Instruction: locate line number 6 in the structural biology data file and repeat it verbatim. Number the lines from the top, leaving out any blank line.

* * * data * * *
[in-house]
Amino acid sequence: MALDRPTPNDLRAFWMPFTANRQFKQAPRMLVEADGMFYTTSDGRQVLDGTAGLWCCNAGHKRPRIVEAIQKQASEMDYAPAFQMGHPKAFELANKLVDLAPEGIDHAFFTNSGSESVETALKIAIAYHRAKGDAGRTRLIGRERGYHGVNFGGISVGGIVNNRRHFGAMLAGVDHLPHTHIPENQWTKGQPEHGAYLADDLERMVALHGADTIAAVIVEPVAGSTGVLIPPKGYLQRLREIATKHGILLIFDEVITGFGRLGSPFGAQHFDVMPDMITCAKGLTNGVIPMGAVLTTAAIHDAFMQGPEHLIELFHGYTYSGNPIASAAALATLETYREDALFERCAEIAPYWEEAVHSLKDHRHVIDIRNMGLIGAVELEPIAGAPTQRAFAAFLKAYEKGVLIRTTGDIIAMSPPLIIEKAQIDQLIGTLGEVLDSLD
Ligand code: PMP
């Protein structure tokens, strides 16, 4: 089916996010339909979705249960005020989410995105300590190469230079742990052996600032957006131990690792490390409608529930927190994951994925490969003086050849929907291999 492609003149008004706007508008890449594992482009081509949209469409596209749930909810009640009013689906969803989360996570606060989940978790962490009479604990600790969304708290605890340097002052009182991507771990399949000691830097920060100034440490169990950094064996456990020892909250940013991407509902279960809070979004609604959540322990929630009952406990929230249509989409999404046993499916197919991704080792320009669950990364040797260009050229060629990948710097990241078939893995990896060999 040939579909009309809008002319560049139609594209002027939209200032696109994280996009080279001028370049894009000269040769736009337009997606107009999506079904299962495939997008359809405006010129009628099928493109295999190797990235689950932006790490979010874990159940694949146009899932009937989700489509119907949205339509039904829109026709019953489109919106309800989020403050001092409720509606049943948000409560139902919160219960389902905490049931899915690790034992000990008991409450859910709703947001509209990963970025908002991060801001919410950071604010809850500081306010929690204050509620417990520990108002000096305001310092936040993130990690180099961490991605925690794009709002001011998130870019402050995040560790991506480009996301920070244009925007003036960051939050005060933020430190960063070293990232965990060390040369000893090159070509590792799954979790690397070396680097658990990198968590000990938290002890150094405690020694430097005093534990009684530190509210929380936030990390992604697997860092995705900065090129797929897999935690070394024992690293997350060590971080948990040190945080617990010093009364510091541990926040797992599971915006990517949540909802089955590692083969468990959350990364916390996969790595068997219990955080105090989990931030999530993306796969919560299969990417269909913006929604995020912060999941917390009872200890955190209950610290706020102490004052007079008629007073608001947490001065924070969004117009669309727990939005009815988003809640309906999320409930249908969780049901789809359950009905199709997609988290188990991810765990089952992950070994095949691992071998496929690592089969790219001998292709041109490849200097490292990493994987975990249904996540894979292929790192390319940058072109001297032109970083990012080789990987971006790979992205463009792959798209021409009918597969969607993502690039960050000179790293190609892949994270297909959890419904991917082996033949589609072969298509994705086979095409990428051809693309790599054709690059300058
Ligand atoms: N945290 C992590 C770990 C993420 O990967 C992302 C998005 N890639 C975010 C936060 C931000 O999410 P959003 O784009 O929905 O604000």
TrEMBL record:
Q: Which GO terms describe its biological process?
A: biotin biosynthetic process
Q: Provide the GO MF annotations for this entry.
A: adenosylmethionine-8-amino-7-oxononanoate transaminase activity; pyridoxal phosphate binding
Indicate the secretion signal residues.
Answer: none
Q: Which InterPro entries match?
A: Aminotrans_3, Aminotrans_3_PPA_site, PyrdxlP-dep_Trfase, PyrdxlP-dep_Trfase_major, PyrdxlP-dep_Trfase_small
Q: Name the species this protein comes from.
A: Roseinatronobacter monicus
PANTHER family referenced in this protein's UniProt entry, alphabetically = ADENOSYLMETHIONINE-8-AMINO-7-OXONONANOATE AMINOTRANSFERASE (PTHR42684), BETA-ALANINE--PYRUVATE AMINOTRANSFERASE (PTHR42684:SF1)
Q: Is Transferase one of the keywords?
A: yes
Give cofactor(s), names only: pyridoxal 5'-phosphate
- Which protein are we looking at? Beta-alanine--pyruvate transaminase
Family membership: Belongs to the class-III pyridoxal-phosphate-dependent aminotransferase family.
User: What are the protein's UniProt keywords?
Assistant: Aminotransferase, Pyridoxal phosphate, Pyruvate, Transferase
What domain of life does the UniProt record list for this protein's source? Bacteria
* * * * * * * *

TrEMBL record: